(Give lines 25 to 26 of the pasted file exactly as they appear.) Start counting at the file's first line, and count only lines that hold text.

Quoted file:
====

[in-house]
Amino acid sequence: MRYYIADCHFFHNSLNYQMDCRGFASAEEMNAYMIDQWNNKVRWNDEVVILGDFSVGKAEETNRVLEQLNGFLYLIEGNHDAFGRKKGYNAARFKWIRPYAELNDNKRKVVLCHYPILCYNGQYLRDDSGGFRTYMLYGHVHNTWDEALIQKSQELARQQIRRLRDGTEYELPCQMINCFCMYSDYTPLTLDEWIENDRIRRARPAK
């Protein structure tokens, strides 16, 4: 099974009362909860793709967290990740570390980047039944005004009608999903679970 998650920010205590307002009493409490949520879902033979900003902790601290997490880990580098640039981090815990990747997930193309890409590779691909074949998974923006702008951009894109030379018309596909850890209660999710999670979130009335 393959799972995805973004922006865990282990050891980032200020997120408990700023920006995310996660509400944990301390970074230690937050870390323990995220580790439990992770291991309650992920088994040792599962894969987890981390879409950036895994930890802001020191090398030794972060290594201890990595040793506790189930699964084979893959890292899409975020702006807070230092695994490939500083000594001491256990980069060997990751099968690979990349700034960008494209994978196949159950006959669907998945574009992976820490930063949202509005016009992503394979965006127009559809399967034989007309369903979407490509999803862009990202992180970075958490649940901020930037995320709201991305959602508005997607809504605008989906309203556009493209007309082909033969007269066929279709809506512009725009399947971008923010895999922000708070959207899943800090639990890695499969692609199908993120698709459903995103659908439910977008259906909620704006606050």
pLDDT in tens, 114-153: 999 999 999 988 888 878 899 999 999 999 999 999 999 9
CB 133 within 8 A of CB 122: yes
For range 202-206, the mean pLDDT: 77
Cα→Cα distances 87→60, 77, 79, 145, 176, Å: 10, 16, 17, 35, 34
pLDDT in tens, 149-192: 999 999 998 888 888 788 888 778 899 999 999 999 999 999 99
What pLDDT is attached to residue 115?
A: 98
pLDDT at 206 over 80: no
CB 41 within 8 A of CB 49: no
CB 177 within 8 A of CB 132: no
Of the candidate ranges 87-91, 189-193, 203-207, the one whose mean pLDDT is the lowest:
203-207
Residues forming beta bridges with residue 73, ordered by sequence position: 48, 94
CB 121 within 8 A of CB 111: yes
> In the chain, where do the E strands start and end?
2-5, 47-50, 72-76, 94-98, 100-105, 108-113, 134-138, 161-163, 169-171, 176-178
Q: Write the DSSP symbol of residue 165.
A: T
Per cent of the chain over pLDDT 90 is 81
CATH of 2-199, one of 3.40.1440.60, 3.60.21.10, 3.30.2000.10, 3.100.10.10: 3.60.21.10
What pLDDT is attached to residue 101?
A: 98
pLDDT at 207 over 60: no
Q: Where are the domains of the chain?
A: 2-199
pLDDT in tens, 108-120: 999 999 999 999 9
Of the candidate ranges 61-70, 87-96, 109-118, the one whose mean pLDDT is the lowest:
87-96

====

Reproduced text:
A: 98
pLDDT at 207 over 60: no